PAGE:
SIIReN - System Integration & Innovation Research Network

Primary Health Care System

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“The Feasibility of Using A Patient-Controlled Health Record "
Presenters:  Lisa Dolovich and David Price, McMaster University
November 17, 2011


The current system of healthcare delivery in Canada is not sustainable. Exploring mechanisms for fundamental change is critical to developing the kind of disruptive innovation needed to maintain the health of Canadians far into the future. Clinicians, health administrators or organizations and in some cases health researchers have traditionally held the role as “protectors” or “regulators” of health information. This role is being questioned as an increasing number of patients are taking advantage of Personal Health Records or Patient Controlled Health Records (PCHR) that are available online to collect and manage their own health information. A ‘patient-controlled’ or ‘patient-directed’ model requires a commensurate paradigm shift of the established health care system that can better meet the needs of the patient, who will be interacting with the system in a very new and different way. PCHRs integrated with EMRs offer an opportunity to use information technology to optimize the clinical value of community-based PHC to support better prevention and management of chronic diseases across multiple groups including vulnerable populations.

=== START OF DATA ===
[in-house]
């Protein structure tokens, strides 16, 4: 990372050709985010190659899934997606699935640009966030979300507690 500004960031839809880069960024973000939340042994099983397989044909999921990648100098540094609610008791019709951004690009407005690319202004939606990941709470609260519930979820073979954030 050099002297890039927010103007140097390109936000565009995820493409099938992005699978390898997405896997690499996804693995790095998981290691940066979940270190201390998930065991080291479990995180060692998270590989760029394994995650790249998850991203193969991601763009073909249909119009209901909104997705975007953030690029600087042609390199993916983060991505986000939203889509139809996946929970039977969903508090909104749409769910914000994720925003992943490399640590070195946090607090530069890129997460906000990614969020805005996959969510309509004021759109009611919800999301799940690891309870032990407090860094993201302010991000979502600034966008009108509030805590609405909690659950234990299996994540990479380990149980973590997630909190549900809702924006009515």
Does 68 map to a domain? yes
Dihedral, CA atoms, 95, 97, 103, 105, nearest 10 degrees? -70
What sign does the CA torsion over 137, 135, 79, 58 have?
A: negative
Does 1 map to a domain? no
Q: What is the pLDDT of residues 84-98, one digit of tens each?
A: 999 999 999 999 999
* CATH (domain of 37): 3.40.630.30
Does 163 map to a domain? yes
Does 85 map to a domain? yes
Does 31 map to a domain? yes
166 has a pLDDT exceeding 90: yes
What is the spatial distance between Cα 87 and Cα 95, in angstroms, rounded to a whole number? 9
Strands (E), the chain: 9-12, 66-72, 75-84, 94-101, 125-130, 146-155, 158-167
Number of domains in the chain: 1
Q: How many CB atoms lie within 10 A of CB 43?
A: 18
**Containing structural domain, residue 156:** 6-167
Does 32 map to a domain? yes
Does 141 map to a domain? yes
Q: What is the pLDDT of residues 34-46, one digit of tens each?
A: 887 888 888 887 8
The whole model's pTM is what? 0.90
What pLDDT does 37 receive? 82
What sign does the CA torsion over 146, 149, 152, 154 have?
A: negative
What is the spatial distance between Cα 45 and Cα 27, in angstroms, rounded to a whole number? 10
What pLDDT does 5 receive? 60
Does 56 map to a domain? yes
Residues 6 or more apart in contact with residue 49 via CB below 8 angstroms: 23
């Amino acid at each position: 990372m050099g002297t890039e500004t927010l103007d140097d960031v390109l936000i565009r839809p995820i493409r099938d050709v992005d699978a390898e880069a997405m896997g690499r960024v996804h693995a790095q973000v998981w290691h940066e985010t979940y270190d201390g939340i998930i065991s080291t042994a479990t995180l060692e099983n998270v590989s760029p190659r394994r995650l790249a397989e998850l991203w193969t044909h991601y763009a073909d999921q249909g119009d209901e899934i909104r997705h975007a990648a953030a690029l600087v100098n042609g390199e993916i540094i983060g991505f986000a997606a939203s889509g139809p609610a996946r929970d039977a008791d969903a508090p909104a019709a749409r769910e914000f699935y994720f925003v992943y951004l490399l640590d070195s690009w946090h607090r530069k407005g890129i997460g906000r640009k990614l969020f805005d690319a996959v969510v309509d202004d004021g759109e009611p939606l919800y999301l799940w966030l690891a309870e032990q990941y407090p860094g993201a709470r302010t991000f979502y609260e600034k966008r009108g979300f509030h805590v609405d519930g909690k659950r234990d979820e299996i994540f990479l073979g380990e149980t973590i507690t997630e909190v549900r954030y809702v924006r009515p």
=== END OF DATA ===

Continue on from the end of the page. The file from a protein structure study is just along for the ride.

This set of projects describes the feasibility of a PCHR to improve hypertension self-management, collect and use drug safety and effectiveness data, and record symptoms from a variety of medical conditions.

Patients from an FHT were enrolled into each study. Patients used specially designed modules in a patient-controlled health record (PCR) module (MyOSCAR; integrated with a family practice electronic health record (EMR). The PCHR modules allowed patients to:

  1. Record and monitor their blood pressure
  2. Develop personalized goals and action plans
  3. Complete a 53 item Patient Oriented Symptom Index (POSI) rating each symptom as absent, present (but neither bothersome or intolerable), bothersome or intolerable
  4. Send email messages to the clinic
  5. Report an adverse drug reaction to Health Canada
  6. Verify a medication list

Initial pilot testing enrolled 54 patients in the hypertension study and 10 patients in the drug safety and effectiveness study. A second larger pilot of 200 people will be enrolled in summer 2011 with a larger rollout to take place in fall 2011. Nearly all patients in the blood pressure study intervention group entered at least one BP reading into their MyOSCAR record (93%). The majority of participants targeted physical activity in their personal action plan (71.0%), followed by diet (47.6%) and body mass index (28.5%). Overall 40 symptoms improved, 26 symptoms worsened and 145 symptoms remained the same amongst the patients who started a new medication and completed the program from baseline to the final follow up.

A PCR linked to a health care provider EMR provided a mechanism for patients to record, monitor and communicate their home measurements such as blood pressure or symptoms. This process may prove useful for individual and population based chronic disease management and drug safety and effectiveness monitoring.

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